Board: NASA Guilty in Shuttle Accident

A flawed NASA culture is to blame for the Columbia shuttle disaster, and more tragedies will happen without extensive changes to the space agency, a scathing report found.

The 248-page report by the Columbia Accident Investigation Board (CAIB) (search) was completed late last week after seven months of interviews with scores of engineers and other space workers.

• Raw Data: Columbia Shuttle Report, Part 1 | Part 2 | Part 3 (pdf)

Citing disturbing "echoes" of the Challenger disaster (search)  of 1986, the report states, "NASA's organizational culture had as much to do with this accident as foam did."

"Given the current design of the orbiter, there was no possibility for the crew to survive," the report continues, adding that the space agency lacked "effective checks and balances, does not have an independent safety program and has not demonstrated the characteristics of a learning organization."

Without sweeping changes, the dossier says, "the scene is set for another accident." 

President Bush, commenting during a stop in St. Paul, Minn., said the next steps for NASA "must be determined after a thorough review of the entire report, including its recommendations."

"Our journey into space will go on," he said. "The work of the crew of the Columbia and the heroic explorers who traveled before them will continue."

The 13-member board made 29 recommendations for changes, 15 of them related to the shuttle's proposed return to flight.

"The space shuttle is not inherently unsafe," Ret. Adm. Harold Gehman, chair of the CAIB, said at a news conference Tuesday. "If we thought this shuttle was inherently unsafe, we would have said so."

Some critics have disagreed, claiming the current shuttle design needed an upgrade or even a total overhaul.

Gehman said the board was under no pressure from NASA to say that the shuttle was safe to fly.

But the CAIB found many things at the space agency that did need to change, and determined that not much had been done to improve problems since the Challenger accident.

Responding to the report in a news conference Tuesday, NASA Administrator Sean O'Keefe (search) said the agency had already begun implementing some of its findings, which the investigating board had released while it was still working.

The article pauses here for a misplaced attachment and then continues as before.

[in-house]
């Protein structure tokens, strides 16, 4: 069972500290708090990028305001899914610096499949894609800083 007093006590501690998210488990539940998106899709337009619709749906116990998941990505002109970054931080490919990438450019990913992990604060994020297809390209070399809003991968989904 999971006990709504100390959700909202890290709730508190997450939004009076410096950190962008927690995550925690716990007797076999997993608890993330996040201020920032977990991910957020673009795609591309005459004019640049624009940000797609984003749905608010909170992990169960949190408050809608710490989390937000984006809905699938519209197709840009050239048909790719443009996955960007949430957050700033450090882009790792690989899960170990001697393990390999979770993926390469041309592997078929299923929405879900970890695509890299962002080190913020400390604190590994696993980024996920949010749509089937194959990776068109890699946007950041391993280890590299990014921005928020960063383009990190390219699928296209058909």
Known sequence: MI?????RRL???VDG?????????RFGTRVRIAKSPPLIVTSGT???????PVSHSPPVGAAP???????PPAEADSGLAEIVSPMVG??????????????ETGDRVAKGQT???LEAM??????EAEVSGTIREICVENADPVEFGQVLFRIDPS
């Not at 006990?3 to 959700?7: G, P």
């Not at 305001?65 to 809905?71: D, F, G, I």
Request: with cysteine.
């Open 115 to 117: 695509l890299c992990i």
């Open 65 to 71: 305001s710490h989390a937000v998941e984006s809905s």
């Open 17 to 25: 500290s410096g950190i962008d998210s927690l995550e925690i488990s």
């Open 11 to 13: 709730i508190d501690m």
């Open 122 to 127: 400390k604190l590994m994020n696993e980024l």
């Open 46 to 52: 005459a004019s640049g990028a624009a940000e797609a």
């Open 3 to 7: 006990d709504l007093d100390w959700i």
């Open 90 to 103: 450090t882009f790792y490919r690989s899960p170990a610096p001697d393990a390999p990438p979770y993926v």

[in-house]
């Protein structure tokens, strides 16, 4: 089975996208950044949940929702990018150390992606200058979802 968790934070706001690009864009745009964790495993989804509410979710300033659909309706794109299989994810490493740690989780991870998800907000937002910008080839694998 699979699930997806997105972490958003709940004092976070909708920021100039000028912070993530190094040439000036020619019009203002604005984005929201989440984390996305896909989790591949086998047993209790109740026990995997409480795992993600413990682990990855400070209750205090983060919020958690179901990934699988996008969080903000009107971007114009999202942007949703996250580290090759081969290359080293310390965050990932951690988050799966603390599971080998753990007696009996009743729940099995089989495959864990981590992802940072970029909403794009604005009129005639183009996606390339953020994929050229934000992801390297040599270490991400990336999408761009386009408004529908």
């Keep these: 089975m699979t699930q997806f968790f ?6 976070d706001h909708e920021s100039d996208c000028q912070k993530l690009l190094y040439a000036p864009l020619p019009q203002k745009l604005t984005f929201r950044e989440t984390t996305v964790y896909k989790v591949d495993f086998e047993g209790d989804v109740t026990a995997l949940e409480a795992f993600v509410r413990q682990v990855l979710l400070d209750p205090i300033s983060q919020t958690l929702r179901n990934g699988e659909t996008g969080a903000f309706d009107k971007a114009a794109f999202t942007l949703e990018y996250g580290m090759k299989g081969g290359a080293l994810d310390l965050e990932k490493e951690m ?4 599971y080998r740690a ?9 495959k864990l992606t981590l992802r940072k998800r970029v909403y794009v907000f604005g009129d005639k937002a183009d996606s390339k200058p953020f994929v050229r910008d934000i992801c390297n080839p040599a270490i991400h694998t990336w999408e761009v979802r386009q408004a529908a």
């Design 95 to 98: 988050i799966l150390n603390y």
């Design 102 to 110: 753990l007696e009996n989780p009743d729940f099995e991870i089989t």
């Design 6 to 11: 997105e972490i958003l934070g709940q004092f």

"Our first step must be to accept the findings and to comply with the recommendations," O'Keefe said. "This report should serve as a blueprint, as a road map to that objective to fix the problems."

"We intend to comply with the full range of recommendations released today," O'Keefe said, adding that the agency already had established a group to oversee the return to flight, and another "to change the culture" of NASA.

The board concluded that there was too much focus on the shuttle's flight schedule, which led to error.

The report says NASA relied too heavily on computer imagery simulation and mathematics, and not enough on actual photographs, when examining the damage caused by the chunk of insulating foam that flew off during liftoff and struck Columbia's left wing.

There wasn't enough emphasis on the foam strike, which is thought to be what ultimately led to the shuttle's disintegration, the board said. Columbia burned up in the earth's atmosphere upon re-entry on Feb. 1, killing all seven astronauts aboard.

"There are some things that need to be done immediately," said Gehman — things the board categorized as "return-to-flight items."

It divided the remaining proposals into two other categories: those needed to make the shuttle inherently safer in the longer term, and still more recommendations if the orbiter is to fly beyond 2010.

"The changes we recommend will be difficult to accomplish — and will be internally resisted," the report predicted.

Gehman added that the suggested changes, being equally crucial, should not be prioritized.

"We don't have a set of recommendations that are more important than others," he said.

O'Keefe had warned NASA employees workers earlier this summer that the report could be "really ugly,"' and included in the final draft was an analysis of NASA traditions and processes that may have contributed to the disaster.

"There has been a subtle change at NASA," physics professor Robert Park of the University of Maryland told Fox News, referring to the amount of outsourcing the agency has done in recent years.